Every United Nations climate summit is preceded by a preparatory meeting called Pre-COP. This year’s Pre-COP took place in Milan from 30 September until 2 October and brought together climate and energy ministers from about 40 countries. They help finalise talks on key political aspects of the negotiations that will be addressed at COP26 in Glasgow in November.
Ceris Jones, the NFU’s climate change adviser was there. She spoke on behalf of farmers and other industries, calling for support from government at all levels to help us achieve our net zero ambitions.
Ceris Jones said:
"It was a really constructive meeting with general agreement that the target of capping global temperature rise at 1.5C is within reach, and that we need developed countries to pay the $100 billion promised to developing countries by 2020.
"However, sticking points remain around the transparency of greenhouse gas reporting and on the role of markets in delivering GHG mitigation."
Our climate adviser @cerisjonesy was at #PreCOP26 in Italy (having travelled there by train). She spoke on behalf of farmers and other industries calling for support from government at all levels to help us achieve our net zero ambitions. #COP26 #netzero. Pictured with @JohnKerry pic.twitter.com/bMsEs4wFT4— National Farmers' Union (@NFUtweets) October 9, 2021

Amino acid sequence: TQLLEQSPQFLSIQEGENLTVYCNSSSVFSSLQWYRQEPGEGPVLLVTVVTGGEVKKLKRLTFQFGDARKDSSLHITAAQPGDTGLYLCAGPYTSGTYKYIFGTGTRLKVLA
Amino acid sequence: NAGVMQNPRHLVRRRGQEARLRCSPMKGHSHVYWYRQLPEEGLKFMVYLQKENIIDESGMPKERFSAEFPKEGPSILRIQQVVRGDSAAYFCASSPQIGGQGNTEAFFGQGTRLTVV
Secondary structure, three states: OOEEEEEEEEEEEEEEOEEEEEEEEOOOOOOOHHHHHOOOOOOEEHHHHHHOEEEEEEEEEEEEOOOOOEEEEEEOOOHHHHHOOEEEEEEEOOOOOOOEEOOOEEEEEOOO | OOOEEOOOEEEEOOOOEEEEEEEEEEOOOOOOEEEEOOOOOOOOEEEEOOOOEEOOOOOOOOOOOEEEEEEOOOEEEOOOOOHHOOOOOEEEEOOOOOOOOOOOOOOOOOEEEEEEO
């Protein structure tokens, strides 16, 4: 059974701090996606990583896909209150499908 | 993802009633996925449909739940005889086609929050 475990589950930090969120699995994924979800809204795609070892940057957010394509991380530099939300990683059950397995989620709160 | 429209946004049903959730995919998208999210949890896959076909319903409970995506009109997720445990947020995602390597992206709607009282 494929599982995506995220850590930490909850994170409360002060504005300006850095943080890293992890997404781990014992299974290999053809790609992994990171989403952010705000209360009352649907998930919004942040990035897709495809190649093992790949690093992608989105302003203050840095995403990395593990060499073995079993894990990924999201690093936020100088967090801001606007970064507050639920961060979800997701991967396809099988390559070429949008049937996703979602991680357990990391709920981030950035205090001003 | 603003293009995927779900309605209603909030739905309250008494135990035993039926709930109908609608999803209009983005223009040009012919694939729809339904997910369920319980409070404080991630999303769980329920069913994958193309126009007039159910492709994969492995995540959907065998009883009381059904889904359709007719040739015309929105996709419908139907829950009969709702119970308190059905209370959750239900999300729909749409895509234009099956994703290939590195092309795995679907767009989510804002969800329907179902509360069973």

Representing farmers and growers
"As the sole Farmers' Constituency representative at the Pre-COP, I had the opportunity to deliver two statements. I urged ministers to include farmers at all levels of discussion – local, national, regional and international – because our participation is instrumental in untapping the great potential that agriculture and its people have in the fight against climate change.
"It was good to hear about areas of alignment on key issues for farmers, including the accessibility of climate finance and of a desire to move forward. However it was equally sobering to hear that areas of divergence remain. Farmers want decisions to be taken at COP26.
"I saw ministers talking and listening to each other – in meeting rooms, in corridors, over a coffee – seeking to understand their respective positions and finding areas of compromise.
"As I made my low-carbon way back to the UK on the train, I felt that a successful summit in Glasgow was within in the world’s grasp and that there was a better understanding of the role that farmers can play.